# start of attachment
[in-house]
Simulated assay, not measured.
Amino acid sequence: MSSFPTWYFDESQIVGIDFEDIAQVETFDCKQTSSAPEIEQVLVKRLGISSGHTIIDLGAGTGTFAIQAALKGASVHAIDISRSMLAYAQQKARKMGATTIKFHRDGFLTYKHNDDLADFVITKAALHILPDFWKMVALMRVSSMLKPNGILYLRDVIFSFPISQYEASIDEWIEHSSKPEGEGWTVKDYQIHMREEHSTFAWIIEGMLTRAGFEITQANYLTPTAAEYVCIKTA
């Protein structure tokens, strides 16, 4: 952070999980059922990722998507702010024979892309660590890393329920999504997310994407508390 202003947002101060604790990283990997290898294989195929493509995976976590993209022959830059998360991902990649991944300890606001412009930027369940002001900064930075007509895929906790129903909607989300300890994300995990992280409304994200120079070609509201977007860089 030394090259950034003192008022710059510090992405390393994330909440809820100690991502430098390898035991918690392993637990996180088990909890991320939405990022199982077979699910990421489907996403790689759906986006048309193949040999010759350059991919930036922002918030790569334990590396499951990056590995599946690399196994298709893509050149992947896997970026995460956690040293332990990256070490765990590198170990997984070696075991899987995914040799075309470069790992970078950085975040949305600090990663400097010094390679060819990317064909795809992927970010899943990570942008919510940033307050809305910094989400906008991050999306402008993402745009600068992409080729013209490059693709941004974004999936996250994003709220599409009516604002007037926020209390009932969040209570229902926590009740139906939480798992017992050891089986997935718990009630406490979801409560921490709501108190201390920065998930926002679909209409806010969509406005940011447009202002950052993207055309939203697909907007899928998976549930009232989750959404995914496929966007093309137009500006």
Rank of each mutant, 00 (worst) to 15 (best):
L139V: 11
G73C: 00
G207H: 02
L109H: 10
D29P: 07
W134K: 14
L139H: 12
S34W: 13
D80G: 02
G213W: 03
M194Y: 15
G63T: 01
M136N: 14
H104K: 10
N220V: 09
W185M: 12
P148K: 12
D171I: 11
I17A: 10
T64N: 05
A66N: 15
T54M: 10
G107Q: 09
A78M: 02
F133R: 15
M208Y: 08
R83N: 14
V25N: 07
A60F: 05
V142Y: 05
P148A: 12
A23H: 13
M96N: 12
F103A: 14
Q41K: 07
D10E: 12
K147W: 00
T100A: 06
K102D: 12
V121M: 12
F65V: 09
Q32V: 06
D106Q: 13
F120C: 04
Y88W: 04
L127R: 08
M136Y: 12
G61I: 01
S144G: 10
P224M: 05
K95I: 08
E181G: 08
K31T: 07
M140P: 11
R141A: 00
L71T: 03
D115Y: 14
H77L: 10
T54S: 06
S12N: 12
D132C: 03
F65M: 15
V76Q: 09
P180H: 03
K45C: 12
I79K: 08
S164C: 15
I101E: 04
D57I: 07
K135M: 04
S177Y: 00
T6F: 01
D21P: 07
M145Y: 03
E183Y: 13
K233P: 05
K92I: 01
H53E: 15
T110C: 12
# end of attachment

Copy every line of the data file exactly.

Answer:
[in-house]
Simulated assay, not measured.
Amino acid sequence: MSSFPTWYFDESQIVGIDFEDIAQVETFDCKQTSSAPEIEQVLVKRLGISSGHTIIDLGAGTGTFAIQAALKGASVHAIDISRSMLAYAQQKARKMGATTIKFHRDGFLTYKHNDDLADFVITKAALHILPDFWKMVALMRVSSMLKPNGILYLRDVIFSFPISQYEASIDEWIEHSSKPEGEGWTVKDYQIHMREEHSTFAWIIEGMLTRAGFEITQANYLTPTAAEYVCIKTA
């Protein structure tokens, strides 16, 4: 952070999980059922990722998507702010024979892309660590890393329920999504997310994407508390 202003947002101060604790990283990997290898294989195929493509995976976590993209022959830059998360991902990649991944300890606001412009930027369940002001900064930075007509895929906790129903909607989300300890994300995990992280409304994200120079070609509201977007860089 030394090259950034003192008022710059510090992405390393994330909440809820100690991502430098390898035991918690392993637990996180088990909890991320939405990022199982077979699910990421489907996403790689759906986006048309193949040999010759350059991919930036922002918030790569334990590396499951990056590995599946690399196994298709893509050149992947896997970026995460956690040293332990990256070490765990590198170990997984070696075991899987995914040799075309470069790992970078950085975040949305600090990663400097010094390679060819990317064909795809992927970010899943990570942008919510940033307050809305910094989400906008991050999306402008993402745009600068992409080729013209490059693709941004974004999936996250994003709220599409009516604002007037926020209390009932969040209570229902926590009740139906939480798992017992050891089986997935718990009630406490979801409560921490709501108190201390920065998930926002679909209409806010969509406005940011447009202002950052993207055309939203697909907007899928998976549930009232989750959404995914496929966007093309137009500006």
Rank of each mutant, 00 (worst) to 15 (best):
L139V: 11
G73C: 00
G207H: 02
L109H: 10
D29P: 07
W134K: 14
L139H: 12
S34W: 13
D80G: 02
G213W: 03
M194Y: 15
G63T: 01
M136N: 14
H104K: 10
N220V: 09
W185M: 12
P148K: 12
D171I: 11
I17A: 10
T64N: 05
A66N: 15
T54M: 10
G107Q: 09
A78M: 02
F133R: 15
M208Y: 08
R83N: 14
V25N: 07
A60F: 05
V142Y: 05
P148A: 12
A23H: 13
M96N: 12
F103A: 14
Q41K: 07
D10E: 12
K147W: 00
T100A: 06
K102D: 12
V121M: 12
F65V: 09
Q32V: 06
D106Q: 13
F120C: 04
Y88W: 04
L127R: 08
M136Y: 12
G61I: 01
S144G: 10
P224M: 05
K95I: 08
E181G: 08
K31T: 07
M140P: 11
R141A: 00
L71T: 03
D115Y: 14
H77L: 10
T54S: 06
S12N: 12
D132C: 03
F65M: 15
V76Q: 09
P180H: 03
K45C: 12
I79K: 08
S164C: 15
I101E: 04
D57I: 07
K135M: 04
S177Y: 00
T6F: 01
D21P: 07
M145Y: 03
E183Y: 13
K233P: 05
K92I: 01
H53E: 15
T110C: 12